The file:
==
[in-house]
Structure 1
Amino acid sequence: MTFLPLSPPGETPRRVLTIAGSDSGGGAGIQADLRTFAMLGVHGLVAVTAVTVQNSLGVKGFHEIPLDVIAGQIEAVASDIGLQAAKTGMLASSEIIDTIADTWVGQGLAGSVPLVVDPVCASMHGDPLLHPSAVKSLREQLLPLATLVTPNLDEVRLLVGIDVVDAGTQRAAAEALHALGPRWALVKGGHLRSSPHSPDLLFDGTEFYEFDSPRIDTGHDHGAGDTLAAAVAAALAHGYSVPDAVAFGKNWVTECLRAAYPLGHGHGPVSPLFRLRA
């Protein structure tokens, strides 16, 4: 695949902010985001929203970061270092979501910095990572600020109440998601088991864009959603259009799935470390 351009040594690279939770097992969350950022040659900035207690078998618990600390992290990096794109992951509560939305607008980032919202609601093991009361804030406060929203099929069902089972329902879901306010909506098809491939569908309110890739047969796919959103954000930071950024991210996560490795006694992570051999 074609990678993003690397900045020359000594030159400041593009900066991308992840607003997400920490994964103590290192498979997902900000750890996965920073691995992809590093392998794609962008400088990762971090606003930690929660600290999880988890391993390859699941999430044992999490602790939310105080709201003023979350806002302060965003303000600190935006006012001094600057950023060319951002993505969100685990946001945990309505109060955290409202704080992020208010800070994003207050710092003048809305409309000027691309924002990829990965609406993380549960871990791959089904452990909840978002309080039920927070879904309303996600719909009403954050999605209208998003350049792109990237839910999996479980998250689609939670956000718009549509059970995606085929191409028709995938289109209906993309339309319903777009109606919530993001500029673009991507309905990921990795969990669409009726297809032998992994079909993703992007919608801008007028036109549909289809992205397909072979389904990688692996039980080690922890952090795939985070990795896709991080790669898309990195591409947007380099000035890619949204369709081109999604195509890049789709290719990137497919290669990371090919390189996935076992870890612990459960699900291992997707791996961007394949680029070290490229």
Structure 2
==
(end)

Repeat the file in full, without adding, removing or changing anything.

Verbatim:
[in-house]
Structure 1
Amino acid sequence: MTFLPLSPPGETPRRVLTIAGSDSGGGAGIQADLRTFAMLGVHGLVAVTAVTVQNSLGVKGFHEIPLDVIAGQIEAVASDIGLQAAKTGMLASSEIIDTIADTWVGQGLAGSVPLVVDPVCASMHGDPLLHPSAVKSLREQLLPLATLVTPNLDEVRLLVGIDVVDAGTQRAAAEALHALGPRWALVKGGHLRSSPHSPDLLFDGTEFYEFDSPRIDTGHDHGAGDTLAAAVAAALAHGYSVPDAVAFGKNWVTECLRAAYPLGHGHGPVSPLFRLRA
């Protein structure tokens, strides 16, 4: 695949902010985001929203970061270092979501910095990572600020109440998601088991864009959603259009799935470390 351009040594690279939770097992969350950022040659900035207690078998618990600390992290990096794109992951509560939305607008980032919202609601093991009361804030406060929203099929069902089972329902879901306010909506098809491939569908309110890739047969796919959103954000930071950024991210996560490795006694992570051999 074609990678993003690397900045020359000594030159400041593009900066991308992840607003997400920490994964103590290192498979997902900000750890996965920073691995992809590093392998794609962008400088990762971090606003930690929660600290999880988890391993390859699941999430044992999490602790939310105080709201003023979350806002302060965003303000600190935006006012001094600057950023060319951002993505969100685990946001945990309505109060955290409202704080992020208010800070994003207050710092003048809305409309000027691309924002990829990965609406993380549960871990791959089904452990909840978002309080039920927070879904309303996600719909009403954050999605209208998003350049792109990237839910999996479980998250689609939670956000718009549509059970995606085929191409028709995938289109209906993309339309319903777009109606919530993001500029673009991507309905990921990795969990669409009726297809032998992994079909993703992007919608801008007028036109549909289809992205397909072979389904990688692996039980080690922890952090795939985070990795896709991080790669898309990195591409947007380099000035890619949204369709081109999604195509890049789709290719990137497919290669990371090919390189996935076992870890612990459960699900291992997707791996961007394949680029070290490229």
Structure 2